ALS Therapy Verdiperstat Fails to Meet Efficacy Goals in HEALEY Trial

Biohaven candidate did not slow functional decline or improve survival

Lindsey Shapiro, PhD avatar

by Lindsey Shapiro, PhD |

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Biohaven‘s therapy candidate verdiperstat did not significantly slow functional decline among people with amyotrophic lateral sclerosis (ALS) in the HEALEY ALS platform trial, failing to meet its primary goal, data show.

Key secondary efficacy goals, such as survival and changes in lung function and muscle strength, also were not met after six months of treatment. Additional analyses are still ongoing; Biohaven plans to present complete results at an upcoming meeting.

“While we are disappointed that verdiperstat did not demonstrate efficacy for ALS, Biohaven remains committed to developing treatments for people who suffer from neurodegenerative diseases,” Irfan Qureshi, MD, senior vice president of neurology at Biohaven, a wholly-owned subsidiary of Pfizer, said in a company press release.

Biohaven did not immediately reveal its plans for verdiperstat moving forward.

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HEALEY is the first trial to evaluate verdiperstat for ALS, but the investigational treatment last year similarly failed to meet its primary goal in a trial for multiple system atrophy (MSA), another quickly progressing neurological condition. That Phase 3 trial (NCT03952806) was testing verdiperstat’s ability to slow disease progression in MSA.

The HEALEY platform (NCT04297638) — a “perpetual multi-center, multi-regimen clinical trial” —  was designed to simultaneously evaluate several investigational ALS therapies against a shared placebo group. The overall trial, which is still recruiting participants, is expected to speed the development of new treatments while cutting costs.

In addition to verdiperstat (NCT04436510), active trial arms include Prilena Therapeutic’s pridopidine (NCT04615923), Clene Nanomedicine’s CNM-Au8 (NCT04414345) and Seelos Therapeutics’ SLS-005 (NCT05136885).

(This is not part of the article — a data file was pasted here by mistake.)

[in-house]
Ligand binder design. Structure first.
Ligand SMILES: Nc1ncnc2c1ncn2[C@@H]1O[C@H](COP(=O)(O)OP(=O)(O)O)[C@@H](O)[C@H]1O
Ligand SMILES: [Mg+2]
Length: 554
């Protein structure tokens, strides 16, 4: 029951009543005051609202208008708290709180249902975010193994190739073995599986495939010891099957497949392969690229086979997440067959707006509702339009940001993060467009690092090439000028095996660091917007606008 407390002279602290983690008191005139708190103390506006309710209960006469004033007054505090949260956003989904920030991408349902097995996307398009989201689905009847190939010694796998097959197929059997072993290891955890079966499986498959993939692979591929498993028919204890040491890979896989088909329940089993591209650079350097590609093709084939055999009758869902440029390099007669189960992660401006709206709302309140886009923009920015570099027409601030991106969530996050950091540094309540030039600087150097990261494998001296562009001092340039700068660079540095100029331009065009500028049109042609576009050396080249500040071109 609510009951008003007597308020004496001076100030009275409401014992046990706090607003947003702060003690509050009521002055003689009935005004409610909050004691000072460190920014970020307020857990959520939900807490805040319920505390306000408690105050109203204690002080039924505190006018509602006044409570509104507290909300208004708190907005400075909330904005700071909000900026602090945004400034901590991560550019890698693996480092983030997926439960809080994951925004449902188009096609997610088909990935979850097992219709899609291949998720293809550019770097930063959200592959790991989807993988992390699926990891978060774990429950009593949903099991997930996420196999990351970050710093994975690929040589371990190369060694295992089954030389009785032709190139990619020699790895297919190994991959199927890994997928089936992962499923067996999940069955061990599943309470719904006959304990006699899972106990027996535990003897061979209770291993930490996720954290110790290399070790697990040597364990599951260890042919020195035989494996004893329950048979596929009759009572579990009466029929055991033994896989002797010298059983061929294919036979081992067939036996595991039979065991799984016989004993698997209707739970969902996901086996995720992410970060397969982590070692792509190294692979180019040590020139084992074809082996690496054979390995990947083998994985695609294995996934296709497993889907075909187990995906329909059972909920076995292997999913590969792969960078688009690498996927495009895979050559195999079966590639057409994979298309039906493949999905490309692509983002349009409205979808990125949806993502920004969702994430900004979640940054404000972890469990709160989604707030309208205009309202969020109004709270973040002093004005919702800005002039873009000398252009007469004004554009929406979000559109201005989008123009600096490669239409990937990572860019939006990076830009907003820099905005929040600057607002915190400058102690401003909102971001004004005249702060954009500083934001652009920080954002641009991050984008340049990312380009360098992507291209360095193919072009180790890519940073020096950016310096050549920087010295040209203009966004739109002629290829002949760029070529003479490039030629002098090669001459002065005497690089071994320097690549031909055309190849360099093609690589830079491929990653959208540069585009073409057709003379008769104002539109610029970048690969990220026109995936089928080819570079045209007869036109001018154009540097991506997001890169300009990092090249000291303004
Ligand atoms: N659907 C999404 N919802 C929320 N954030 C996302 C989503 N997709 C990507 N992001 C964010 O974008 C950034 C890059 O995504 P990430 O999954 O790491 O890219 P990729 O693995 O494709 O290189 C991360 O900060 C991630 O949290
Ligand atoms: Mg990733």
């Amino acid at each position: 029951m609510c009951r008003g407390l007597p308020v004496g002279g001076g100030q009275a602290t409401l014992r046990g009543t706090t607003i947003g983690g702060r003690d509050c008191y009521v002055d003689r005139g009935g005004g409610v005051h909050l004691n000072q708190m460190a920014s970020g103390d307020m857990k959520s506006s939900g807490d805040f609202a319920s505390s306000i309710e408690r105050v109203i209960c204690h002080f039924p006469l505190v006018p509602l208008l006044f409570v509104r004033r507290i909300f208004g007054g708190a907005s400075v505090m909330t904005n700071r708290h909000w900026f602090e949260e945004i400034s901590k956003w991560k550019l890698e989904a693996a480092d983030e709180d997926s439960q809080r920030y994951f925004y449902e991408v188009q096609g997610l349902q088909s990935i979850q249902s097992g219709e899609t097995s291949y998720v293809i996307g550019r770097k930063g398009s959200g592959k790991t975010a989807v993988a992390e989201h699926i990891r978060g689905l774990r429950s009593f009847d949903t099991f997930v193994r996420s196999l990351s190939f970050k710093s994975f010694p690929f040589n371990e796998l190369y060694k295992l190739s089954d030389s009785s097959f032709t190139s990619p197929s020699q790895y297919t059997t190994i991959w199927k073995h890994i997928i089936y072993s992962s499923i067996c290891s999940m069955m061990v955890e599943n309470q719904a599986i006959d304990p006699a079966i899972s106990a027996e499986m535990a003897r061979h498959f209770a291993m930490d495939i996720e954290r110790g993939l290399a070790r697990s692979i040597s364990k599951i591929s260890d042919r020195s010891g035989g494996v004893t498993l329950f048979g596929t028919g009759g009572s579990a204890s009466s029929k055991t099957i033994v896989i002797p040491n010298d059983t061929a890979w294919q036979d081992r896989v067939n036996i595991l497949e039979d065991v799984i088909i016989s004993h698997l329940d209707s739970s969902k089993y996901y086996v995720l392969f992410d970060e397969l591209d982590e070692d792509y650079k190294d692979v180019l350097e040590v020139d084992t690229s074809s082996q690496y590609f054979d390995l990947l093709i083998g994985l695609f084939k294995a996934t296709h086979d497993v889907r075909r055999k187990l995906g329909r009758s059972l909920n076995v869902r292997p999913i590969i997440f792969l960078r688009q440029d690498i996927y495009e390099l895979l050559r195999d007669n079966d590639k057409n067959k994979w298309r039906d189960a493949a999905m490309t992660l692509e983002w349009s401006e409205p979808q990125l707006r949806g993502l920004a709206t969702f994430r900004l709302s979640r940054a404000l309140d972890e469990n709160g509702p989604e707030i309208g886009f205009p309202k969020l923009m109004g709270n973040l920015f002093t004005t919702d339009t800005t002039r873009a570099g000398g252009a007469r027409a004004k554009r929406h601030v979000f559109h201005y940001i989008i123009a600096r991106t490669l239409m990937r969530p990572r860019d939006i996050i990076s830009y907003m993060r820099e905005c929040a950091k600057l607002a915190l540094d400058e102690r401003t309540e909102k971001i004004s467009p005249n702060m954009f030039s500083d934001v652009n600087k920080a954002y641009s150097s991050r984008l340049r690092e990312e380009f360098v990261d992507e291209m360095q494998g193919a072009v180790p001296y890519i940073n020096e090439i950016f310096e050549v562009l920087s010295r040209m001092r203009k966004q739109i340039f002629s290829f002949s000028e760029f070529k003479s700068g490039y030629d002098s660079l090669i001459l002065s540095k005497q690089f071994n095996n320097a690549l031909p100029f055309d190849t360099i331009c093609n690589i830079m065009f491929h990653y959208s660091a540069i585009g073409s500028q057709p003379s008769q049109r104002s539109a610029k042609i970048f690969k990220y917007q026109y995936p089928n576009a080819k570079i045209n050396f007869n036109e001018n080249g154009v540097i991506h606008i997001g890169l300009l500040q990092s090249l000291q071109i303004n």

A fifth regimen, for UCB’s zilucoplan (NCT04436497), was discontinued earlier this year due to a lack of effectiveness in an interim analysis.

Verdiperstat trial for ALS

All trial arms, which are being conducted at more than 65 sites in the U.S., are led by the Sean M. Healey & AMG Center for ALS at Massachusetts General Hospital, in Boston, under the direction of Merit Cudkowicz, MD.

Verdiperstat is an orally administered inhibitor of the myeloperoxidase (MPO) enzyme, which is thought to increase oxidative stress and inflammation levels in the brain and spinal cord — two processes that have been implicated in ALS. By suppressing MPO’s activity, verdiperstat was expected to ease these damaging processes and slow disease progression.

The treatment was originally developed by AstraZeneca and licensed to Biohaven in 2018.

HEALEY’s verdiperstat arm enrolled 167 participants who were randomly assigned to receive the active treatment (600 mg) or a placebo, twice daily for 24 weeks, or about six months. Patients were randomized in a 3:1 ratio, meaning that for each patient assigned a placebo, three were given verdiperstat.

The trial’s main goal was to assess whether verdiperstat could slow disease progression, as measured by changes in the ALS Functional Rating Scale Revised (ALSFRS-R). Secondary goals included changes in lung function, muscle strength, and survival.

Safety data were consistent with findings from previous clinical trials. However, the treatment failed to meet both its primary and key secondary goals, with results that “did not statistically differentiate from placebo,” according to Biohaven.

“We are incredibly grateful to our collaborators at the Sean M. Healey & AMG Center for ALS at Massachusetts General Hospital, HEALEY ALS Platform Trial study investigators, and the ALS community — especially people with ALS and their families — who made the trial possible,” Qureshi said.

Results from the CNM-Au8 trial also were shared recently by Clene Nanomedicine. Like verdiperstat, CNM-Au8 failed to meet its primary and secondary goals. It aimed to slow lung function decline in people with ALS.

However, top-line data showed that therapy significantly reduced the risk of death, and the risk of death and permanent assisted ventilation, by more than 90%.

HEALEY is designed to continue adding new experimental therapeutics until a cure for ALS is found. Potential new regimens are evaluated by a committee comprised of ALS experts and members of the Healey Center Science Advisory Committee.

ABBV-CL-7262, an investigational oral treatment from AbbVie and Calico Life Sciences, will likely be the sixth therapy to be added to the platform trial.